Essar Steel insolvency case lands in legal ambiguity; NCLT to hear

Hurdles in the Essar Steel (ESIL) insolvency case before the National Company Law Tribunal’s (NCLT’s) bench at Ahmedabad continue to pile up. A hearing is slated on Wednesday. 

Last week, Standard Chartered Bank (SCB) filed a petition with the bench against the Resolution Professional (RP) appointed for the case. And, against top banks. The tribunal will also hear a batch of petitions by ESIL’s operational creditors (OCs) against the decision by the company's committee of creditors (CoC) to award the insolvent company to ArcelorMittal.

SCB's plea alleges a ‘core-committee/sub-committee’ (CC/SC) comprising four-member-lenders from the CoC held ‘illegal’ backdoor meetings prior to approving the resolution plan put forward by Arcelor.

Business Standard sent queries to the four —State Bank of India, ICICI Bank, IDBI Bank and Edelweiss Asset Reconstruction Company, and to others. SCB declined to comment in response to the queries; others had not replied at the time of printing this. 

An Arcelor spokesperson said they were "confident that the process will be implemented correctly and according to the law”.

The fact of CC/SCs being formed is not unuusual — it is routine practice for bankers to appoint a core team for day-to-day operational and administrative tasks, on behalf of the entire CoC. The CoC had set up the CC/SC in March this year, for a similar reason, to handle various administrative and operational issues like filings with the court and documentation processing. 

SCB had in May requested that it be included in the CC/SC. This was not heeded, although it is the third largest among the financial creditors (FCs) to ESIL, with 7.5 per cent weightage in the CoC’s voting rights.  Insolvency experts say there are no regulations on such committees under the CoC set-up. 

The NCLT(s) have said this is accepted practice, to complete the Corporate Insolvency Resolution Process (CIRP) in the prescribed timeline of 180+90 days.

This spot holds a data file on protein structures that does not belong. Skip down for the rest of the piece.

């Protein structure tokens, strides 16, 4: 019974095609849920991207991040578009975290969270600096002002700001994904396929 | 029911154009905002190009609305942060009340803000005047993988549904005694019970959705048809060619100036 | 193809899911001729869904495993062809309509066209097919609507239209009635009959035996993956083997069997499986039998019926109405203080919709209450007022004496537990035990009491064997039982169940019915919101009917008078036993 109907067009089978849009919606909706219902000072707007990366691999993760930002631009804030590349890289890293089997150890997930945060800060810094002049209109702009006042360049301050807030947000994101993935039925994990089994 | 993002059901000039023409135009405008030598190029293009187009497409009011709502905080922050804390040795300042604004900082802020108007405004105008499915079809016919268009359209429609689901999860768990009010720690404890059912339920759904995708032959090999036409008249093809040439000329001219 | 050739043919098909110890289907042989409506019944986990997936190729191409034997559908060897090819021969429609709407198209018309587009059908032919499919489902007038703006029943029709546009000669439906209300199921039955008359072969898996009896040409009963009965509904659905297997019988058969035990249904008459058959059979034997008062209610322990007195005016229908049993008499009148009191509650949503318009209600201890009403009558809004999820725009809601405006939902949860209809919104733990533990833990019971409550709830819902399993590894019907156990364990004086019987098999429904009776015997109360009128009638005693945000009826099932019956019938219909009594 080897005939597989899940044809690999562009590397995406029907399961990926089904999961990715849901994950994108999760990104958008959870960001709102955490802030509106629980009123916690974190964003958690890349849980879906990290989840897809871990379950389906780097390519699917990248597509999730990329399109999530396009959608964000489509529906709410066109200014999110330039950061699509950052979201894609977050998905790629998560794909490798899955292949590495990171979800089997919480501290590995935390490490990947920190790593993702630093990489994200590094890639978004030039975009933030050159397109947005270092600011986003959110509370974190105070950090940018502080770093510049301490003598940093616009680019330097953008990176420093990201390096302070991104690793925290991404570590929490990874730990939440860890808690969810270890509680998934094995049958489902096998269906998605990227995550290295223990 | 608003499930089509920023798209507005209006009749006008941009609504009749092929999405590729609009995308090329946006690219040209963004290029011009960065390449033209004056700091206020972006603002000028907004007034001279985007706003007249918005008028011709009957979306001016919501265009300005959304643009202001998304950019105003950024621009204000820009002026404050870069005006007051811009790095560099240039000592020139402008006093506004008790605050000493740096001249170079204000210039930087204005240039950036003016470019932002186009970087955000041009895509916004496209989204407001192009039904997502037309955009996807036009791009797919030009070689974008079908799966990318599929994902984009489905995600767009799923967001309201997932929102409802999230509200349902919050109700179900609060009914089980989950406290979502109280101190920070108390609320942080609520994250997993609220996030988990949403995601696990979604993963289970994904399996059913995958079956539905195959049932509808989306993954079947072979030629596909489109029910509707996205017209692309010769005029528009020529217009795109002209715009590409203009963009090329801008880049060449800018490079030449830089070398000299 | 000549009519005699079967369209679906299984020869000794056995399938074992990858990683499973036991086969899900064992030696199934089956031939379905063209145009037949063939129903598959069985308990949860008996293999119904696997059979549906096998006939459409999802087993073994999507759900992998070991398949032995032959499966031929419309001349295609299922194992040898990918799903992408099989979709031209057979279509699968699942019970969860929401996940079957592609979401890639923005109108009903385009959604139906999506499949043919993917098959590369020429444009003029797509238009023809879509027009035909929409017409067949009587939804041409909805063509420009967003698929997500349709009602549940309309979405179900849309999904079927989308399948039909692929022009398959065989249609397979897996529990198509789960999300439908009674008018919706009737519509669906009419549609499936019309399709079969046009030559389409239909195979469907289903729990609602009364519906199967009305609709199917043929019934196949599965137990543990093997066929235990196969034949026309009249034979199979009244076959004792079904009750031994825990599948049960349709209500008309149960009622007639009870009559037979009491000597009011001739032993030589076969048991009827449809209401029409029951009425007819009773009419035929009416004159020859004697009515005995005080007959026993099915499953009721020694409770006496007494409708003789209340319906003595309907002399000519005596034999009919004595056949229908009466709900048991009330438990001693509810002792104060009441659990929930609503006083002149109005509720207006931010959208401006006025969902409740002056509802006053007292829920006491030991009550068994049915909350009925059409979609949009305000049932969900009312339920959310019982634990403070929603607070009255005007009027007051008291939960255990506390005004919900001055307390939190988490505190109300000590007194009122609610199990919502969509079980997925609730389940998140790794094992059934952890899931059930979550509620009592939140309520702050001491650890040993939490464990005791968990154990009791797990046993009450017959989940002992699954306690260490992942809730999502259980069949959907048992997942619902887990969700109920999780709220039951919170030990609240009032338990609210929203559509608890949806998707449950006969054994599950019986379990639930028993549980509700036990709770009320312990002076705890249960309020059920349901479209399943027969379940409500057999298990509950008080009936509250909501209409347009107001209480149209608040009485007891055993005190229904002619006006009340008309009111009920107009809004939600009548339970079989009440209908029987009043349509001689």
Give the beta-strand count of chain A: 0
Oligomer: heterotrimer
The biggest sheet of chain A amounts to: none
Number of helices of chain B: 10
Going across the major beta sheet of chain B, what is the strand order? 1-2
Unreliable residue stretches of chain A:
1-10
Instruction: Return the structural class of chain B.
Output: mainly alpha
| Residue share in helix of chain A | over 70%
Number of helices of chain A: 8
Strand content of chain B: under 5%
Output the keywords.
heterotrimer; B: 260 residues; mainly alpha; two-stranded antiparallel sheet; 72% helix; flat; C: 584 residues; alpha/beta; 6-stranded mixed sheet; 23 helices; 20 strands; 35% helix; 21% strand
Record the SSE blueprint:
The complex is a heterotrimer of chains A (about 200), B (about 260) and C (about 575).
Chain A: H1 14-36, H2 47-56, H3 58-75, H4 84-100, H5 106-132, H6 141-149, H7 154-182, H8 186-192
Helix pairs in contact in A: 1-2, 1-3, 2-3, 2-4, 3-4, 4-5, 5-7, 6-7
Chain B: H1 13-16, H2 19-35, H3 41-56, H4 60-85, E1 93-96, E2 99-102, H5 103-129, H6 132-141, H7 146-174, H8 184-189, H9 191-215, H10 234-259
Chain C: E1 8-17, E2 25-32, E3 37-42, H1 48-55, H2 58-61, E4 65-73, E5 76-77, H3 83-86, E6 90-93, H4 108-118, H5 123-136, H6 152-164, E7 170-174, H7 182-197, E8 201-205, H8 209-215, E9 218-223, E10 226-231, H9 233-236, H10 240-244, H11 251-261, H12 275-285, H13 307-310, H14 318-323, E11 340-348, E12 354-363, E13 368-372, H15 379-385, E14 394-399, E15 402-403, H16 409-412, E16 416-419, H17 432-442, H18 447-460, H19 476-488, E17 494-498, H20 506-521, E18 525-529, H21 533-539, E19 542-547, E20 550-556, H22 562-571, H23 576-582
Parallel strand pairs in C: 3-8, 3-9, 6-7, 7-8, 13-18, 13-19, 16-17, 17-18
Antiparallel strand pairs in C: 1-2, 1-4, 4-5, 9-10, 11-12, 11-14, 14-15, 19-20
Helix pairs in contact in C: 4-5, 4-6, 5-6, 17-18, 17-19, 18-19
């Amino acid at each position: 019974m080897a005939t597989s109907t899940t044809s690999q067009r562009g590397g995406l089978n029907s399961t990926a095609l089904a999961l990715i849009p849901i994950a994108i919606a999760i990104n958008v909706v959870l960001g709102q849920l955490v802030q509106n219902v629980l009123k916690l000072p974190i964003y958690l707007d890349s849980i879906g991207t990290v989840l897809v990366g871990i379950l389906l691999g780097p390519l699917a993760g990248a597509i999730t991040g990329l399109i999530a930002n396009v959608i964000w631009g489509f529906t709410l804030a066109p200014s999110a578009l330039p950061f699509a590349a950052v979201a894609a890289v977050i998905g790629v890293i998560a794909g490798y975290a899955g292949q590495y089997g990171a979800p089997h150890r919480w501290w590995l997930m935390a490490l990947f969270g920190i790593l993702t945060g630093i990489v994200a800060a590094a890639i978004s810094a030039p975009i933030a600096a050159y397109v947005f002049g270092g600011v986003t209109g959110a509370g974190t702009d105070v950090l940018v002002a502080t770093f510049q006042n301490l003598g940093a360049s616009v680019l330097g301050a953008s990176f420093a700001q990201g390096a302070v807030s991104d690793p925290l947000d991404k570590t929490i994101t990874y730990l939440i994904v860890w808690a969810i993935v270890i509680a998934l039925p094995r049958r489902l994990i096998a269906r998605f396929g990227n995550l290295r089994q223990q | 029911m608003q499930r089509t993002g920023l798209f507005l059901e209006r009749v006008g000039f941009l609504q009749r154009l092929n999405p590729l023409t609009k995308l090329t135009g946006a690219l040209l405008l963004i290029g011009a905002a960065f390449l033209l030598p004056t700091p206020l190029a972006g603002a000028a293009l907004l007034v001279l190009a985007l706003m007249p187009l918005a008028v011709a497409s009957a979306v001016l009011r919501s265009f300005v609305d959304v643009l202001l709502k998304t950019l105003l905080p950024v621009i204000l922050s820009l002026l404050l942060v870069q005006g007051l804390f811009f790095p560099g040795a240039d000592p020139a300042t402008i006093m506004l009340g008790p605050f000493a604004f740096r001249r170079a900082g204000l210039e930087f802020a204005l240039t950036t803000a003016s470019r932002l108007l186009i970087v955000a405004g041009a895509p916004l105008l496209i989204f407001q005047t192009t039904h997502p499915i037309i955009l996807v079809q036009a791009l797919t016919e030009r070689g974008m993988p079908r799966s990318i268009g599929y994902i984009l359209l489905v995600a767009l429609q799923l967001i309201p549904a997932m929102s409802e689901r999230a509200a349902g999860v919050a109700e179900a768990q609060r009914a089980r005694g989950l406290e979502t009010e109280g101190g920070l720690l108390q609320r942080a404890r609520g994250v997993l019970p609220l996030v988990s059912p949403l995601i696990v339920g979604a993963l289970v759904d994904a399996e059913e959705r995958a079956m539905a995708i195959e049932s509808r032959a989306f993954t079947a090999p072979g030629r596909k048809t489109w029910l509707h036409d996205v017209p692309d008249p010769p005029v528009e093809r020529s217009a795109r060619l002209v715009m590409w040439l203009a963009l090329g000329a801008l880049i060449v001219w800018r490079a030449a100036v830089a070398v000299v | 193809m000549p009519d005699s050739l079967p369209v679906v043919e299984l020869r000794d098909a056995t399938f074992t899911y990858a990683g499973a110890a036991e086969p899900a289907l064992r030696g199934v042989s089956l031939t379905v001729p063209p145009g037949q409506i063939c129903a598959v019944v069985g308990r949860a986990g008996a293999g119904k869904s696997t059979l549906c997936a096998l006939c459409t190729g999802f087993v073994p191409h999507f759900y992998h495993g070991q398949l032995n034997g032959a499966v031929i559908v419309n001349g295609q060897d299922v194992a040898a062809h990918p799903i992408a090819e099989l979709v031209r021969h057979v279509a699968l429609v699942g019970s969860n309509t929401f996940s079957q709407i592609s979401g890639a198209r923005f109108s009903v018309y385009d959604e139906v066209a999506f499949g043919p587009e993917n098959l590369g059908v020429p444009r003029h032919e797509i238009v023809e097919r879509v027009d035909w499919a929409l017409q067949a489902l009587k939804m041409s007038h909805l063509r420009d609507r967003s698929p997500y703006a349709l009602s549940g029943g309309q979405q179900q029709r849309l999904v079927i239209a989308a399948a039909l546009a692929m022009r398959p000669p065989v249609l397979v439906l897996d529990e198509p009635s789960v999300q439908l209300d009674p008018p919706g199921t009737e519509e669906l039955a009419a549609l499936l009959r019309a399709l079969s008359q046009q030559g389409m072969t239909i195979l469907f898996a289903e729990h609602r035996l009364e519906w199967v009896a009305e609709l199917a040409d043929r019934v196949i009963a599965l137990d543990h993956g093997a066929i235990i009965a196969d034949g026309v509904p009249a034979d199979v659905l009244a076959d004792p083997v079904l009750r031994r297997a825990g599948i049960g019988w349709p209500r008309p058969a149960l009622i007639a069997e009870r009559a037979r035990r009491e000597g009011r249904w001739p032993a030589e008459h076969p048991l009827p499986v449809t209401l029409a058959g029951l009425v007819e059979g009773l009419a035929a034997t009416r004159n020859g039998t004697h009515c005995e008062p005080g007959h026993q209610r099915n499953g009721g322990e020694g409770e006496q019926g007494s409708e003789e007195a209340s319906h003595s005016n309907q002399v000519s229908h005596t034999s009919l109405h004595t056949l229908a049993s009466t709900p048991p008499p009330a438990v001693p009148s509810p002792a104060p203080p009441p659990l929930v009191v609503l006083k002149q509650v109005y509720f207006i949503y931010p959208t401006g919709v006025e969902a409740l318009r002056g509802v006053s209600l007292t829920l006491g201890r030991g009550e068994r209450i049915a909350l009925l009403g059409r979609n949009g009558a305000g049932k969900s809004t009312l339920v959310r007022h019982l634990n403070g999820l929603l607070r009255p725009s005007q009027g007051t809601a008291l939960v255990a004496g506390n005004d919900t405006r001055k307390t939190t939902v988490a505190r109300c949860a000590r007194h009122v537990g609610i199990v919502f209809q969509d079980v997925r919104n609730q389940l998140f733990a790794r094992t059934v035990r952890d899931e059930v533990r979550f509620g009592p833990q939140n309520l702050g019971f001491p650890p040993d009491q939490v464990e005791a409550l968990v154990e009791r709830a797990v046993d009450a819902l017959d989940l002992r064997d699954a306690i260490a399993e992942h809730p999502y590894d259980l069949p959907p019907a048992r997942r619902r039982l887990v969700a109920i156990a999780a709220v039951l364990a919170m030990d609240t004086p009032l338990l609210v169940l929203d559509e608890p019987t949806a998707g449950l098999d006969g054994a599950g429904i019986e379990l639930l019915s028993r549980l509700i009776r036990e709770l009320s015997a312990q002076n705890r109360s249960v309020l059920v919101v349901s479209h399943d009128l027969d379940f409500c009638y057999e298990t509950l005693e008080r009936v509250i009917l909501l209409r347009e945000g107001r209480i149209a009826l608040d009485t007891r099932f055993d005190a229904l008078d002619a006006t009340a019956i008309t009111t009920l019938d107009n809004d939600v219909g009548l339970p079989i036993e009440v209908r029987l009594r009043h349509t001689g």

The CC/SC was also asked to handle litigation issues concerning the applicability of Section 29A of the Insolvency and Bankruptcy Code (IBC) for the two potential bidders, Arcelor and Numetal.  According to the SCB petition, the CC/SC and Committee of Lenders (CoL) “misused the machinery of the Code to negotiate exclusively with ArcelorMittal through an illegally constituted CC/SC and have misused their voting rights to create an artificial distinction among secured FCs, to create an inequitable distribution pattern”.

A senior lawyer says the allegation that the CC/SC did not have the mandate is wrong, as the CoC gave permission to the four institutions in question to “negotiate” with the bidders on their behalf. “The CoC voted for the committee to represent them in the negotiations on October 18 and it got over 90 per cent of the members in favour. As far as I know, SCB decided to reject the proposal,” the lawyer said.

When over 90 per cent of the authorised lenders vote in favour of a proposal and one or two abstain or reject it, the grounds for appeal are slim, feel some IBC experts. 

Even so, while the CC/SC was authorised on various procedures on behalf of all members, the SCB allegation suggests it was negotiating with Arcelor before being permitted to do so. On October 25, the CoC decided to vote on the revised resolution plan placed by Arcelor, which SCB says it did not get in time. A source said the plan was sent by the RP on October 18, seven days before. 
According to the SCB plea, the CC/SC “recommended” that it get only Rs 607 million, as against the admitted claims of Rs 34.87 billion or less than 1.5 per cent of the total. The dues on principal to SCB are Rs 26.5 billion.

A source present in the CoC meeting(s) told Business Standard, on condition of anonymity, “Deciding how much goes to the creditors is the domain of the entire CoC. The April plan was presented and after that, it is the domain of the CoC to negotiate, approve the plan and distribute the dues. Any subsequent changes to the plan (the revised resolution one) were also presented to the CoC.”

The source added the reason why SCB’s receivables under the plan are low is because the nature of their security interest is of a corporate guarantee by ESIL, in lieu of a $500 mn loan provided to the former’s subsidiary, Essar Steel Offshore.   

The question for the NCLT is whether SCB has grounds to contest the distribution of the offer and their dues from the plan submitted by Areclor. It might also question the meetings described as 'illegal', through an explanation from the lead bankers, RP and legal advisors.

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